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Phase II Evaluation of Phenoxodiol in Combination With Cisplatin or Paclitaxel in Women With Platinum/Taxane-Refractory/Resistant Epithelial Ovarian, Fallopian Tube, or Primary Peritoneal Cancers
  1. Michael G. Kelly, MD*,
  2. Gil Mor, PhD, MD,
  3. Alan Husband, PhD,
  4. David M. O'Malley, MD§,
  5. Lisa Baker, RN,
  6. Masoud Azodi, MD,
  7. Peter E. Schwartz, MD and
  8. Thomas J. Rutherford, PhD, MD
  1. * Division of Gynecology Oncology, University of Colorado School of Medicine, Denver, CO;
  2. Division of Gynecology Oncology, Yale University School of Medicine, New Haven, CT;
  3. Faculty of Veterinary Science, University of Sydney, Sydney, Australia; and
  4. § Department of Obstetrics and Gynecology, Ohio State University, Columbus, OH.
  1. Address correspondence and reprint requests to Michael G. Kelly, MD, Academic Office One, Room 4412, 12631 E 17th Ave, MS B198-4; PO Box 6511, Aurora, CO 80045; Division of Gynecologic Oncology, Department of Obstetrics and Gynecology, Yale University School of Medicine, New Haven, Connecticut 06511. E-mail: Michael.Kelly{at}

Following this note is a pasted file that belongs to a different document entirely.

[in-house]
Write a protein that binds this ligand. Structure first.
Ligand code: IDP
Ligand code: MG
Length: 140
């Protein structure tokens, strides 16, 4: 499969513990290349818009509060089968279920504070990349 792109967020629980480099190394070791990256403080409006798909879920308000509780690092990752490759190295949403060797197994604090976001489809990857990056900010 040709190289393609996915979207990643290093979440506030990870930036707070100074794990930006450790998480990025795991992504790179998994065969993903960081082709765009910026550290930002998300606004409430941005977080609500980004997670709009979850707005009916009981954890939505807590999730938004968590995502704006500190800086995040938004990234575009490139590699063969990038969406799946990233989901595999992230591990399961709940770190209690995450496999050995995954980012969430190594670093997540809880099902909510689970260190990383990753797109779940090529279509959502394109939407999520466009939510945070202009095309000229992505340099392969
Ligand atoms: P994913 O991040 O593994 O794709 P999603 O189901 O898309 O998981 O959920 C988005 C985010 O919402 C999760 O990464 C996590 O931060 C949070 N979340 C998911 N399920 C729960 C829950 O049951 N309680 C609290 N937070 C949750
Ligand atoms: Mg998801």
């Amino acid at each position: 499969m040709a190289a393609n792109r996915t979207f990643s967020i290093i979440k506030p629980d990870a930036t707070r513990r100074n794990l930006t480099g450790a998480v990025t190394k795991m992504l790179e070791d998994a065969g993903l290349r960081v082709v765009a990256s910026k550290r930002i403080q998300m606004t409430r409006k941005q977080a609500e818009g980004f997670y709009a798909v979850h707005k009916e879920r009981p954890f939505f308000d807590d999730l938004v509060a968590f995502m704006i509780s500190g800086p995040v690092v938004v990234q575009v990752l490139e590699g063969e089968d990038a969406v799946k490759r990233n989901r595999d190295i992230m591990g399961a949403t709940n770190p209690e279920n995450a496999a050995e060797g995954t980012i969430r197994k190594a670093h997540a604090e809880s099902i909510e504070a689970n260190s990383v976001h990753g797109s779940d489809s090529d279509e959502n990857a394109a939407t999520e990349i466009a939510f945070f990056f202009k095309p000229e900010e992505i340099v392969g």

Introduction: Chemoresistance is a major limitation in the treatment of ovarian cancer. Phenoxodiol is a novel biomodulator capable of reversing chemoresistance in vitro and in vivo. In this study, we determined the safety and efficacy of intravenous phenoxodiol in combination with cisplatin or paclitaxel in women with platinum/taxane-refractory/resistant ovarian cancers.

Methods: Thirty-two patients were randomized to 1 of 2 treatment arms according to their previous responses: (1) platinum refractory/resistant, cisplatin (40 mg/m2 intravenous) weekly on day 2 + phenoxodiol (3 mg/kg) weekly on days 1 and 2 and (2) taxane refractory/resistant, paclitaxel (80 mg/m2 IV) weekly on day 2 and phenoxodiol (3 mg/kg) weekly on days 1 and 2. Patients continued on treatment until complete response, disease progression, unacceptable toxicity, or voluntary withdrawal.

Results: There were no treatment-related deaths. There was only one treatment-related hospitalization and 2 grade 4 toxicities. In the cisplatin arm, there were 3 partial responses, 9 patients (56%) achieved stable disease, 4 (25%) progressed, and the overall best response rate was 19%. In the paclitaxel arm, there was one complete response and 2 partial responses, 8 patients (53%) achieved stable disease, 4 patients (27%) progressed, and the overall best response rate was 20%.

Discussion: The combination of IV phenoxodiol with cisplatin or paclitaxel was well tolerated in this study. Cisplatin-phenoxodiol was particularly active and warrants further study in patients with platinum-resistant ovarian cancer.

  • Ovarian cancer
  • Phenoxodiol
  • Chemotherapy

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  • The authors have no conflicts of interest.